Romantic Medievalism: History and the Romantic Literary Ideal

Overview

The Romantic period was characterized by a new historical self-consciousness in which history, and in particular the medieval, became an important screen for comprehending the present. Recent Scholarship has proposed contending theories for understanding how the historical is used to symbolize the political in the period. Romantic Medievalism takes an original position in proposing a critical difference in how the medieval was used to interpret the present, arguing that, where as the conservative writers ...

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Overview

The Romantic period was characterized by a new historical self-consciousness in which history, and in particular the medieval, became an important screen for comprehending the present. Recent Scholarship has proposed contending theories for understanding how the historical is used to symbolize the political in the period. Romantic Medievalism takes an original position in proposing a critical difference in how the medieval was used to interpret the present, arguing that, where as the conservative writers identified with the knight of romance, radical writers identified with the troubadour of the courtly love lyric.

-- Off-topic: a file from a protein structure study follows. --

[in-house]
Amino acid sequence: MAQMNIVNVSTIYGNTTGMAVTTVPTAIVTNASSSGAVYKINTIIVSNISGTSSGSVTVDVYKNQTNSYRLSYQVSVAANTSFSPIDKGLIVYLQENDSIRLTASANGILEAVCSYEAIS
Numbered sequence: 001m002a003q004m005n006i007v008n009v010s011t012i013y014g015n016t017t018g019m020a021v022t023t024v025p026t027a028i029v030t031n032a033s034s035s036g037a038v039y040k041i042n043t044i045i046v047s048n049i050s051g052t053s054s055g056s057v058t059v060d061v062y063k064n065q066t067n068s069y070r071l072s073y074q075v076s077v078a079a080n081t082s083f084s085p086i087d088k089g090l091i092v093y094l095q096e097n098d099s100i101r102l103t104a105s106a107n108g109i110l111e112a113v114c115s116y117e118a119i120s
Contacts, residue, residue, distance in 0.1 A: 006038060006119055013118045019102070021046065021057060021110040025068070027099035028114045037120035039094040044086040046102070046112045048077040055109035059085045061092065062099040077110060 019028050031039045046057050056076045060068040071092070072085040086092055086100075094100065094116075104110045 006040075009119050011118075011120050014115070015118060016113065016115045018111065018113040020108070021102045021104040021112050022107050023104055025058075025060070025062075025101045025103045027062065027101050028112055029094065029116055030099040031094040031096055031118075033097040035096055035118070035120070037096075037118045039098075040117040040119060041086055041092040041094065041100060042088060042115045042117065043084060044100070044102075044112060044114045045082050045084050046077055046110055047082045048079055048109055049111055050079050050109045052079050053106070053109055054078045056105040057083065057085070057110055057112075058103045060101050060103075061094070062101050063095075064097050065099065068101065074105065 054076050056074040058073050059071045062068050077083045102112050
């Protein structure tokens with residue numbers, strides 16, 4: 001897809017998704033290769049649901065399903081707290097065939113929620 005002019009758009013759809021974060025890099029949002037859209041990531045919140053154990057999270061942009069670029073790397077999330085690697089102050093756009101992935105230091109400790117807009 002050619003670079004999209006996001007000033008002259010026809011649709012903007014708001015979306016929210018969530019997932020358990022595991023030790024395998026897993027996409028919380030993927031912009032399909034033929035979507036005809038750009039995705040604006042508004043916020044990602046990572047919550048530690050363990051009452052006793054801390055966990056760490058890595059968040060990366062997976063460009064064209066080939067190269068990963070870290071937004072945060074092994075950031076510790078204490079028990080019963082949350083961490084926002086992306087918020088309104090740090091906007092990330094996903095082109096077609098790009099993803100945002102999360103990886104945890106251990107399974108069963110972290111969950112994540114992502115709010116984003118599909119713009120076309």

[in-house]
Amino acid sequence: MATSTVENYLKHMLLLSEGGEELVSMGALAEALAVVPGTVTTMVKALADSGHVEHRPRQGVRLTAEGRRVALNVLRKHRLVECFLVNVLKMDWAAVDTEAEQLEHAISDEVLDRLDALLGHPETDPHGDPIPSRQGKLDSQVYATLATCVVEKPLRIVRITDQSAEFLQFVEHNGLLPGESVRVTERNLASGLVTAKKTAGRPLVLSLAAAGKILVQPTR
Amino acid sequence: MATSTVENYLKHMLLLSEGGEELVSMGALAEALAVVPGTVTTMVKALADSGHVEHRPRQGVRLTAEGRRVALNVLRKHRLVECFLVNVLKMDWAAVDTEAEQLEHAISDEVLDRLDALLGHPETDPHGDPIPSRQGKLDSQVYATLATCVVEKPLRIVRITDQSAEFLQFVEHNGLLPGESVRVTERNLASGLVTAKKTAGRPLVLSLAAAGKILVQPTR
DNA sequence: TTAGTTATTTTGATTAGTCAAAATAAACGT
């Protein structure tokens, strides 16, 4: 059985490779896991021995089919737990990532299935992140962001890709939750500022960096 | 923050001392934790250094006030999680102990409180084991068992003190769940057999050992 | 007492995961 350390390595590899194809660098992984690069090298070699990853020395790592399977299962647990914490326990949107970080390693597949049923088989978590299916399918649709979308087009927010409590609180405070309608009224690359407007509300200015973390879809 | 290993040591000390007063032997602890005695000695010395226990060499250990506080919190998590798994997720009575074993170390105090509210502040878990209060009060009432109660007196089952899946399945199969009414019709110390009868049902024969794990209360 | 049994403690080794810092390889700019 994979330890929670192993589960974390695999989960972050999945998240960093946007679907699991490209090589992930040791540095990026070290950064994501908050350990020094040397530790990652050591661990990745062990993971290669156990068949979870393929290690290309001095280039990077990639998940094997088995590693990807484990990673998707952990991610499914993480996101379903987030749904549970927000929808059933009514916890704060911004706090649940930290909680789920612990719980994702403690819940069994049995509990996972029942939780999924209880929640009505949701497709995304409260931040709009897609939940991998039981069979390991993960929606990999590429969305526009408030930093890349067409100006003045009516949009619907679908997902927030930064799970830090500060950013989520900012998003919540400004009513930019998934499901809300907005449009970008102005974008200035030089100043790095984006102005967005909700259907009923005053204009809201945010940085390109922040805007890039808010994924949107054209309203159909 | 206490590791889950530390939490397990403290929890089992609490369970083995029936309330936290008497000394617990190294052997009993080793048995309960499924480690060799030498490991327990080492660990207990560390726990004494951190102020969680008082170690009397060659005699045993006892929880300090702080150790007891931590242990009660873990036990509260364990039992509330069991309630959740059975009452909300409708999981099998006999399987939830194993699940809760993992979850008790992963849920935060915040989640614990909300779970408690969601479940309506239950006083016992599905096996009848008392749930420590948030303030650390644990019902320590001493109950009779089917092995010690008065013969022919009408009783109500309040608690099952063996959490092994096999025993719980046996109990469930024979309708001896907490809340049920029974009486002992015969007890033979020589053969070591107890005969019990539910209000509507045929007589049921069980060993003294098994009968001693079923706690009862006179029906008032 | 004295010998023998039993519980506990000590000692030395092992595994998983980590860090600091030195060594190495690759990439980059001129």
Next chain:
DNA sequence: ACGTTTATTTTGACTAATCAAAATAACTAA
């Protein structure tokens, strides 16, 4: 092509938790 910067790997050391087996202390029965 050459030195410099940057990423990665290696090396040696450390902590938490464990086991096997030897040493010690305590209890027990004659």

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Product Details

  • ISBN-13: 9780333970072
  • Publisher: Palgrave Macmillan
  • Publication date: 3/28/2002
  • Edition description: REV
  • Pages: 241
  • Lexile: 1560L (what's this?)
  • Product dimensions: 5.50 (w) x 8.50 (h) x 0.56 (d)

Meet the Author

Elizabeth Fay teaches Romantic Period Literature at the University of Massachusetts, Boston.

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Table of Contents

Romantic Medievalism: the Ideal of History I. The Medieval Historical Mind
• II. Romantic Anachronism
• III. The Problem of the Lady
• IV. Troubadourian Affect
Cultivating Medievalism I. Classes of Affect
• II. Bowers: Seward, Darwin, and Coleridge
• III. Resting Places: Gray, Smith, and Keats
• IV. The Female Troubadour: Mary Robinson and LEL
The Legacy of Arthur: Scott, Wordsworth, and Byron
• I. The Legacy of Arthur
• II. Scott and Antiquarianism
• III. Wordsworth, Knight of Feeling
• IV. Lancelot Byron
Keats and the Time of Romance
• I. Dispensing with Spenserianism
• II. Chatterton, Bannerman, and "La Belle Dame"
• III. Keats and Romance: History, Memory, and Felt Time
• IV. Dramatic Action: King Stephen
The Shelleys on Love I. Courtly Love
• II. Renaissance Love: The Cenci
• III. Valperga, or Love's Lessons
• IV. Free Love: Epipsychidion
• V. The Female Knight and Emilia
• VI. Surviving Love

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